FDA Approves Brain Wave Test For ADHD In Children & Teens; Theta/Beta Ratio Exam Could Guide The Future Of ADHD Diagnosis

ADHD
The US Food and Drug Administration has approved a new brain wave test that can effectively diagnose ADHD through nerve cells in an adolescent's brain. Center for Disease Control and

A cutting-edge medical device that could change the way children are diagnosed with attention deficit hyperactivity disorder (ADHD) has just received approval from the U.S. Food and Drug Administration (FDA). The Neuropsychiatric EEG-Based Assessment Aid (NEBA) System analyzes a child's brain waves, probing for any signs of attention or behavioral abnormalities.

"Diagnosing ADHD is a multistep process based on a complete medical and psychiatric exam," said Christy Foreman, director of the Office of Device Evaluation at the FDA's Center for Devices and Radiological Health. 

According to the American Psychiatric Association, around nine percent of adolescents in the United States are diagnosed with ADHD, making it the most common neurobehavioral disorder in childhood. Children are likely to be diagnosed at the average age of seven after showing difficulty with attention, hyperactivity, impulsivity, and behavioral problems.

"The NEBA System along with other clinical information may help health care providers more accurately determine if ADHD is the cause of a behavioral problem," Foreman added.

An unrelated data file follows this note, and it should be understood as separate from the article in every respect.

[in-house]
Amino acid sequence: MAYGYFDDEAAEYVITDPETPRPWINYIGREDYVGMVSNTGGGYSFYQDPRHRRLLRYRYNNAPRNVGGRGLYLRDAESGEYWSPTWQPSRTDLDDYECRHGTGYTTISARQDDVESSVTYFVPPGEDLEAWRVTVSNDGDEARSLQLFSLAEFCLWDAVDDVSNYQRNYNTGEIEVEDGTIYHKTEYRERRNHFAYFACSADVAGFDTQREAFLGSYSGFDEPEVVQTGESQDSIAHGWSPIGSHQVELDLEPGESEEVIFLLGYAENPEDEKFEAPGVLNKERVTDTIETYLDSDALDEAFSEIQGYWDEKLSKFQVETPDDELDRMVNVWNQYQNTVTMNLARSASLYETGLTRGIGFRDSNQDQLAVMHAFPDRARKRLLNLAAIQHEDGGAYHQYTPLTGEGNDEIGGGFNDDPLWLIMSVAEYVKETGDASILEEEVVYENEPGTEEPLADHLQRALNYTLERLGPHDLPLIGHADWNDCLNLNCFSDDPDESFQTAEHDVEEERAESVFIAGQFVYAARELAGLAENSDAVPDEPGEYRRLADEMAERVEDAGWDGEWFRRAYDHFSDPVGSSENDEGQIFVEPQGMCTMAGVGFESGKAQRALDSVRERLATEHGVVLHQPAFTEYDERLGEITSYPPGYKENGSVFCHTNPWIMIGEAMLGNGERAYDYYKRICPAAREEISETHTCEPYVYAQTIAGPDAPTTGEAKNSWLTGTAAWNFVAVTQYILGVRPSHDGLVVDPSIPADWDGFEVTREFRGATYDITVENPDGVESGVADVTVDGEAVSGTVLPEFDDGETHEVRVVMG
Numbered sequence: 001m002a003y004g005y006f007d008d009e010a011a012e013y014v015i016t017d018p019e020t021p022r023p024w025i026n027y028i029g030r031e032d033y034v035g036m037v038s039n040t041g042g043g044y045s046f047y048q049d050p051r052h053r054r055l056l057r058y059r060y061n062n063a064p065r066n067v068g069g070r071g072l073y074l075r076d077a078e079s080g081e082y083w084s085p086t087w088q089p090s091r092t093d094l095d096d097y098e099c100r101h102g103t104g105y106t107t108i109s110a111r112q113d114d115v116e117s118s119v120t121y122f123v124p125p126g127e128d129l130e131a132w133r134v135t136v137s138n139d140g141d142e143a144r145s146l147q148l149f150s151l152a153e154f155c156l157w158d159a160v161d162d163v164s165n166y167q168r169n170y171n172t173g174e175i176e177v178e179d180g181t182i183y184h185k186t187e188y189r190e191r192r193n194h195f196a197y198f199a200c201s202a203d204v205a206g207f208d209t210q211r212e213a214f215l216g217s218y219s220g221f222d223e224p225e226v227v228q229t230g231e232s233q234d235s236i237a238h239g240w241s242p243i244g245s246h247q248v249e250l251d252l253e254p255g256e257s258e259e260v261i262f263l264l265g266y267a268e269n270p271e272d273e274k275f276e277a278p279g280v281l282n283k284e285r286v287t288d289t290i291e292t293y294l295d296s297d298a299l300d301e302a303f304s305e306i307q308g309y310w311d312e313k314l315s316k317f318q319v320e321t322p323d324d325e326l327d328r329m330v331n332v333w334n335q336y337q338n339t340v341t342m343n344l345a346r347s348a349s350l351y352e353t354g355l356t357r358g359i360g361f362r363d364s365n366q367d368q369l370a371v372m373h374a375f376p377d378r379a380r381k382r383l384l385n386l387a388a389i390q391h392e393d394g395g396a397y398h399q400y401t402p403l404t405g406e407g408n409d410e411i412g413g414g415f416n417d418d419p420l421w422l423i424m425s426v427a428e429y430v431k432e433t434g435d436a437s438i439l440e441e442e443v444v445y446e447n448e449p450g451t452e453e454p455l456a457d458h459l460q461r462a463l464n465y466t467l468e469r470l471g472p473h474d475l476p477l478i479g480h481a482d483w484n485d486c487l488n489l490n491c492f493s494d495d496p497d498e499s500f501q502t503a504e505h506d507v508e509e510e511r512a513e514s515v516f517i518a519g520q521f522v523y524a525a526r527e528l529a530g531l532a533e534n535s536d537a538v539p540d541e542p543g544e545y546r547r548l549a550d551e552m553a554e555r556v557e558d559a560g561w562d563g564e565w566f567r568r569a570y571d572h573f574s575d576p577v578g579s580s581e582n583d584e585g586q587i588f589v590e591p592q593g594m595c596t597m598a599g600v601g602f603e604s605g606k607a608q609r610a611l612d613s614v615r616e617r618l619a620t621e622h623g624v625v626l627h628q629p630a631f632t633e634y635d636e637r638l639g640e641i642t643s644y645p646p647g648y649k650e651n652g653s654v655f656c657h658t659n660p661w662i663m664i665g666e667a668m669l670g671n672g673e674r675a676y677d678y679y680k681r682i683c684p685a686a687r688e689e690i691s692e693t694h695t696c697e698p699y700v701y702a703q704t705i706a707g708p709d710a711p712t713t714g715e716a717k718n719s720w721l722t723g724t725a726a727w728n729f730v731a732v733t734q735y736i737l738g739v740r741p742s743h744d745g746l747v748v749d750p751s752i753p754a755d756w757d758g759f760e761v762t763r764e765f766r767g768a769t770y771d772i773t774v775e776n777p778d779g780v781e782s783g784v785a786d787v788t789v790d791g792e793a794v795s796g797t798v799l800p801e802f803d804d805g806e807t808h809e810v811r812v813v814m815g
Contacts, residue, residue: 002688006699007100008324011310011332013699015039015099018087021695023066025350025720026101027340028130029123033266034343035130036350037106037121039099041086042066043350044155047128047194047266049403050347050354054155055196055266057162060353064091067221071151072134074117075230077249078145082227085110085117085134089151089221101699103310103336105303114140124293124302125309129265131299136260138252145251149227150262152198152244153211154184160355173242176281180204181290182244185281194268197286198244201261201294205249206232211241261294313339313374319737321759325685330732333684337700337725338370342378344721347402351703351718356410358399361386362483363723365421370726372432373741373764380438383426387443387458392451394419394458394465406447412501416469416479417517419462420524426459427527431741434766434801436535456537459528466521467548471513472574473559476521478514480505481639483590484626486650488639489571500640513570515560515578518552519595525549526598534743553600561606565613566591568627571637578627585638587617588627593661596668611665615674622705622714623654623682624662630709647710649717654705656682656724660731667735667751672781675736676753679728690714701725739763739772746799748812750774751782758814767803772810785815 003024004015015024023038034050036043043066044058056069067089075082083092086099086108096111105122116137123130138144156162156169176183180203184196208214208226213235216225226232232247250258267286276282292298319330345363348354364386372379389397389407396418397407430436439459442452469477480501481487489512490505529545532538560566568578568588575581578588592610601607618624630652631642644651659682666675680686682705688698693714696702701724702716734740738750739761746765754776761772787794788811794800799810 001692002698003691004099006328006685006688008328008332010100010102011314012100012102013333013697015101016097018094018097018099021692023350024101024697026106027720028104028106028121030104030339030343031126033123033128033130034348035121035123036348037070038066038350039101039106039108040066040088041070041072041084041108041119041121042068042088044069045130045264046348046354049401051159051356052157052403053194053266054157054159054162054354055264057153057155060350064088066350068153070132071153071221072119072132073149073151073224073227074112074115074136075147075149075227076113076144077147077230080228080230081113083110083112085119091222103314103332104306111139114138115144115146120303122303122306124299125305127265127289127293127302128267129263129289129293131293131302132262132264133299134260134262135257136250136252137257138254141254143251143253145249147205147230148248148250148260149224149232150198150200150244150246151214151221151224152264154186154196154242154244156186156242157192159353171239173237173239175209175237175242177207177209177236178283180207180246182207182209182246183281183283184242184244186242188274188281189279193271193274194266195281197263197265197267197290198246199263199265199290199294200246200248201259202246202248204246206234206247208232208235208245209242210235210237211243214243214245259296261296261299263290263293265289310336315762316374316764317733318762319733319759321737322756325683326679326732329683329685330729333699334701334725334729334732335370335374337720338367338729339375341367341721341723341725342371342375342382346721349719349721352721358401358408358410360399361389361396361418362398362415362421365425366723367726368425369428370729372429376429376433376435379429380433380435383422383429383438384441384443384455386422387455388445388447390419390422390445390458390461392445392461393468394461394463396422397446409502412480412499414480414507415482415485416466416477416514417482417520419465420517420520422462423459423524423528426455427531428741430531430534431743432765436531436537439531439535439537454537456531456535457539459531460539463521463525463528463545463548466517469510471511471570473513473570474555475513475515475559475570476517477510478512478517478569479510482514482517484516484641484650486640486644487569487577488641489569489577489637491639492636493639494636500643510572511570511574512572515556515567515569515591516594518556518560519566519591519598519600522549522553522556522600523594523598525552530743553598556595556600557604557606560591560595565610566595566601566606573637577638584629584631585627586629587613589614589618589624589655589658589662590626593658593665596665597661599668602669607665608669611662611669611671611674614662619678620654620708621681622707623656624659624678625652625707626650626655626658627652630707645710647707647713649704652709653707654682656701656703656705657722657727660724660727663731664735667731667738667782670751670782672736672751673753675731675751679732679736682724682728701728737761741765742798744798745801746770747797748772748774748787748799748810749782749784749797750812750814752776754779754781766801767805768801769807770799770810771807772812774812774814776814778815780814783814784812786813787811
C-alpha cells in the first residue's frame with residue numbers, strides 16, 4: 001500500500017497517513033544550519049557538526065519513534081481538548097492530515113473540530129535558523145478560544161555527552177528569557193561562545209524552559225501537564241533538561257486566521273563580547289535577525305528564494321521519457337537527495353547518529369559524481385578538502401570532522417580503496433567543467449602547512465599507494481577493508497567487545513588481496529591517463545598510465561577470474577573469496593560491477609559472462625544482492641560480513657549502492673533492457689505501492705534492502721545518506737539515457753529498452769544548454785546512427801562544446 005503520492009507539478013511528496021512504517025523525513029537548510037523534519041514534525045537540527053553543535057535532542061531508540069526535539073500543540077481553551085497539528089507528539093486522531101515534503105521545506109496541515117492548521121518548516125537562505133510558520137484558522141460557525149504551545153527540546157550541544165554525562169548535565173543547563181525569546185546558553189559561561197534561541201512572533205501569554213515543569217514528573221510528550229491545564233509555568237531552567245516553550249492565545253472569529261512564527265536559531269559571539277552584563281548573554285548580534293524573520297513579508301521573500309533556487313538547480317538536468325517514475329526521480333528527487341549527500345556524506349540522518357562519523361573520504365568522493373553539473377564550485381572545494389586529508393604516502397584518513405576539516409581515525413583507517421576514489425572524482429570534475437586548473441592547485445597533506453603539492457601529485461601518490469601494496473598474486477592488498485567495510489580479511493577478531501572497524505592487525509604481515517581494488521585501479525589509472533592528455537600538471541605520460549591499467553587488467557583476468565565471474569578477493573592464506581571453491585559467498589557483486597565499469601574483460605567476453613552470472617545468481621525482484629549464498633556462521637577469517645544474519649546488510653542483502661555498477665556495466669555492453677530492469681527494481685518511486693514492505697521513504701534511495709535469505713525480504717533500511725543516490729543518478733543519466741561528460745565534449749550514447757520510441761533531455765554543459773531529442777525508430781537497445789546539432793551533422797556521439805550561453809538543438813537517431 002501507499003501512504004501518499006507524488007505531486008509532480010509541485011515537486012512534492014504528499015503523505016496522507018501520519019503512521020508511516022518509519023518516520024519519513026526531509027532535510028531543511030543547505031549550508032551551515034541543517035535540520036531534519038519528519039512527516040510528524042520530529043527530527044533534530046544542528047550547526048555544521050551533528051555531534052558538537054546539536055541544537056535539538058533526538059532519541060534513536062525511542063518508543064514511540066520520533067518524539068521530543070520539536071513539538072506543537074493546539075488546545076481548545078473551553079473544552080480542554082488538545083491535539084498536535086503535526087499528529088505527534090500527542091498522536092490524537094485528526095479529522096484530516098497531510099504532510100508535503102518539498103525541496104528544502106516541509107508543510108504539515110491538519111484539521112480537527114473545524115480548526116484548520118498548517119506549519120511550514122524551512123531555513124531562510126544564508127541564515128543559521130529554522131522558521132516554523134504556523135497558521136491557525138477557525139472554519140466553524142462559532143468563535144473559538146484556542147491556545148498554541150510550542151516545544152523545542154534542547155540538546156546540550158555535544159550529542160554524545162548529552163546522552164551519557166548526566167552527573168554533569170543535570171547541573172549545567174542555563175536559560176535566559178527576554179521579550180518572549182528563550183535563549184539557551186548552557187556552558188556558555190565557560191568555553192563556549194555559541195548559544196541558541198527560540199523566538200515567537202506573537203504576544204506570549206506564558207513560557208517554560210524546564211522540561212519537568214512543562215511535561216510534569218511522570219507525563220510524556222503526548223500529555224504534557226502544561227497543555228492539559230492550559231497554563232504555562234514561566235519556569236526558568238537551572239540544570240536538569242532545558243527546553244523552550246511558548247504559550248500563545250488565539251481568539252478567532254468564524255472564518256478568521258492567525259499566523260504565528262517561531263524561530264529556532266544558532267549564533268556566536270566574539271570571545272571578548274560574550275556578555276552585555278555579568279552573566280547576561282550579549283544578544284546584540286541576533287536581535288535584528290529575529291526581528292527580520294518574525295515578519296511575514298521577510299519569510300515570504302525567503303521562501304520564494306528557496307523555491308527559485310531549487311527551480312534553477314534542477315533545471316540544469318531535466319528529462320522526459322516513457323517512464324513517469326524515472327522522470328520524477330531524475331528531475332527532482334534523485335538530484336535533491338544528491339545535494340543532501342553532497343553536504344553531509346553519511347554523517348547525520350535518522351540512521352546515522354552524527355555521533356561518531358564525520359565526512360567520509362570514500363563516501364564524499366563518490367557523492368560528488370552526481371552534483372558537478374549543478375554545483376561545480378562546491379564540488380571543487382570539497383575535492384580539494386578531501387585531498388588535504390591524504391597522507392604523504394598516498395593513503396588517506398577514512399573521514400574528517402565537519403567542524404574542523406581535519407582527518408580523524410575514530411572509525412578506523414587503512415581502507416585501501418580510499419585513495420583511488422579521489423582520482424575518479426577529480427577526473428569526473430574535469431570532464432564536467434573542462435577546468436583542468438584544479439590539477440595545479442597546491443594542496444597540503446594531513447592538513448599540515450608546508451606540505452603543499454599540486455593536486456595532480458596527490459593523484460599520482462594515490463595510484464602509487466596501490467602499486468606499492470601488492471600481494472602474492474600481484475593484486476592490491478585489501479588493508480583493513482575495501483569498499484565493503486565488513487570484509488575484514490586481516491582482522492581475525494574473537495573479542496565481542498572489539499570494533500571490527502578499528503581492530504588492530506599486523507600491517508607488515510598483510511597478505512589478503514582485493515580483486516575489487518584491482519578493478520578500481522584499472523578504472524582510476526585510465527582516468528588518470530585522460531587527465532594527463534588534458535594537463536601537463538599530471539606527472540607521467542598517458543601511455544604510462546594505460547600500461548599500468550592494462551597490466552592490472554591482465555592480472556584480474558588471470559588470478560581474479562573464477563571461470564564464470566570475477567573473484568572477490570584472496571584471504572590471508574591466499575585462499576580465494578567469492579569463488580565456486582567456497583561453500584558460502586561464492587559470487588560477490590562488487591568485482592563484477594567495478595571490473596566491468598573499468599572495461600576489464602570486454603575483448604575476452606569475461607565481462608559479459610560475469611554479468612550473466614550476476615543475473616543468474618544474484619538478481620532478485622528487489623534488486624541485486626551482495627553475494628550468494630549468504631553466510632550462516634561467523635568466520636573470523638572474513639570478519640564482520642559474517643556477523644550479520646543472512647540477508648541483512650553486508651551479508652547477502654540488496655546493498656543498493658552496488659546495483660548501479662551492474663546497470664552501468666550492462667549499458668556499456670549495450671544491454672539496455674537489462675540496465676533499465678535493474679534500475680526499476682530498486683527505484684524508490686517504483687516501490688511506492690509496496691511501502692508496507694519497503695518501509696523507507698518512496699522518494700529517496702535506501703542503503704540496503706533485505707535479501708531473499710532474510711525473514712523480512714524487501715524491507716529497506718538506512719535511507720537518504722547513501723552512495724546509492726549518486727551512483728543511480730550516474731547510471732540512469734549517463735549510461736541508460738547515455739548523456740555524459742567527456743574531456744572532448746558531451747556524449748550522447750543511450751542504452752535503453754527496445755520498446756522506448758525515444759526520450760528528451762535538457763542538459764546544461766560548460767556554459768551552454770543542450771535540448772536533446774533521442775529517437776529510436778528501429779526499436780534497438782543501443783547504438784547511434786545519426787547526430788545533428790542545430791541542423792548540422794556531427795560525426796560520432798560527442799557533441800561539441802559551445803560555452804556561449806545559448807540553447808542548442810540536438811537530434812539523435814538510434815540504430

Developed by NEBA Health in Augusta, Ga., the NEBA System is controlled by electroencephalogram (EEG) technology that records the type of electrical impulses produced by nerve endings in the brain and how many are given off each second.

During the 15 to 20 minutes it takes for the device the conduct its test, the NEBA System records the ratio of two standard brain frequencies, also referred to as theta and beta waves. The number of theta and beta waves in children with ADHD is perceivably higher than those in children without the disorder.

Researchers from NEBA Health conducted clinical studies to determine the effectiveness of this device, compared to standard diagnostic protocols outlined in the Diagnostic and Statistical Manual of Mental Disorders IV Text Revision (DSM-IV-TR) criteria and other methods for detecting ADHD in adolescents.

A total of 275 patients, between the ages of six and 17, who had showed previous signs of attention or behavioral problems were enrolled in the study. Each participant was evaluated using a range of diagnostic methods including the NEBA System. An independent group of ADHD experts was also on hand to review the findings.

Results of the analysis showed that a clinical assessment on its own was not as effective as an assessment coupled with the use of the NEBA System. The device was given full approval following the FDA's de novo classification process, "a regulatory pathway for some low- to moderate-risk medical devices that are not substantially equivalent to an already legally marketed device."

According to the Centers for Disease Control and Prevention, the rate of parent-reported ADHD among children between the ages of four and 17 has escalated in recent years. In 2007, 5.4 million children were diagnosed with ADHD, one million more than those diagnosed in 2003.

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